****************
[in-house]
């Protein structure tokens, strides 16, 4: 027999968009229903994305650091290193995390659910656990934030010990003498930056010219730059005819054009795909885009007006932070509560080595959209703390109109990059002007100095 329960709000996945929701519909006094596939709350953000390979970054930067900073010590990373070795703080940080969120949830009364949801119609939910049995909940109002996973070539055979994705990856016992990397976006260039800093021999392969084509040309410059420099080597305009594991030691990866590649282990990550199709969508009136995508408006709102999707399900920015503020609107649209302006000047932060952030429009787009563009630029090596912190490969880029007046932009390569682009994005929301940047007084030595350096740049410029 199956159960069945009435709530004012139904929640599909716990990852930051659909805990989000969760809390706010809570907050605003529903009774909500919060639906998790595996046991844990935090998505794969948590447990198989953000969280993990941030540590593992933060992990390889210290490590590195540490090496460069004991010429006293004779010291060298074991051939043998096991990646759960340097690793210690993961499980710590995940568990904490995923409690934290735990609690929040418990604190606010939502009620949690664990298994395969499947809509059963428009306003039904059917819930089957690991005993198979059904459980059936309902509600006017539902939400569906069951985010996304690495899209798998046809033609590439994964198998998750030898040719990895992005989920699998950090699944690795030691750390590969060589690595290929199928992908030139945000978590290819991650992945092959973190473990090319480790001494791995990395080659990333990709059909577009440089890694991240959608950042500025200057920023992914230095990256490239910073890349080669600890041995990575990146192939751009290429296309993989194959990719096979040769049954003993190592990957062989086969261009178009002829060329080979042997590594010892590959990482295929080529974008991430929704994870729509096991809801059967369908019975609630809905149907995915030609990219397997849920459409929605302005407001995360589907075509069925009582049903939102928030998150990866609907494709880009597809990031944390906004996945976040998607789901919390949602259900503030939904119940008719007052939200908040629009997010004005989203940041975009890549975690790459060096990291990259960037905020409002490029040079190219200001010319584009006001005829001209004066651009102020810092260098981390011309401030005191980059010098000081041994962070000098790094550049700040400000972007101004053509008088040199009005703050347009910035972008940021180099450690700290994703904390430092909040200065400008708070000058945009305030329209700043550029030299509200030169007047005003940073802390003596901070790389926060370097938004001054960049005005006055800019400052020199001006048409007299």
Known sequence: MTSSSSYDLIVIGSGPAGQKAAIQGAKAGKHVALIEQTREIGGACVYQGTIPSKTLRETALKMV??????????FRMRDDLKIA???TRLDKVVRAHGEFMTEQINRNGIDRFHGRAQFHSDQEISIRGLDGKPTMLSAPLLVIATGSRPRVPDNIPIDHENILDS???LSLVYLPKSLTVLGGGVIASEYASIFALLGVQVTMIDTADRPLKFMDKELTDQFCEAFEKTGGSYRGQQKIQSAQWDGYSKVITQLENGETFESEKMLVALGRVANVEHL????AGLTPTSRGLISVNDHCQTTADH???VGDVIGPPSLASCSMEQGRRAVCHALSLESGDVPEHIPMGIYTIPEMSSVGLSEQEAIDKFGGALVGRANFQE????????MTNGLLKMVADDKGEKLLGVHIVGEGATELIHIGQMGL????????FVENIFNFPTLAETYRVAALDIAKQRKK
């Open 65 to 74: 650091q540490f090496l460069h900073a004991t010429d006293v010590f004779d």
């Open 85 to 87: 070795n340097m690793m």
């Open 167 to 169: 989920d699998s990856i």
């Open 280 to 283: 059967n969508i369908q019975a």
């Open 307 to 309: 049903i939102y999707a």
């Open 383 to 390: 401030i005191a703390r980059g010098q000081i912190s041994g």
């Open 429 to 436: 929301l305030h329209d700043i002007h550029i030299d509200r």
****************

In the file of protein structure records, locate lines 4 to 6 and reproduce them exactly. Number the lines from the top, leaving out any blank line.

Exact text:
């Open 65 to 74: 650091q540490f090496l460069h900073a004991t010429d006293v010590f004779d």
């Open 85 to 87: 070795n340097m690793m």
């Open 167 to 169: 989920d699998s990856i």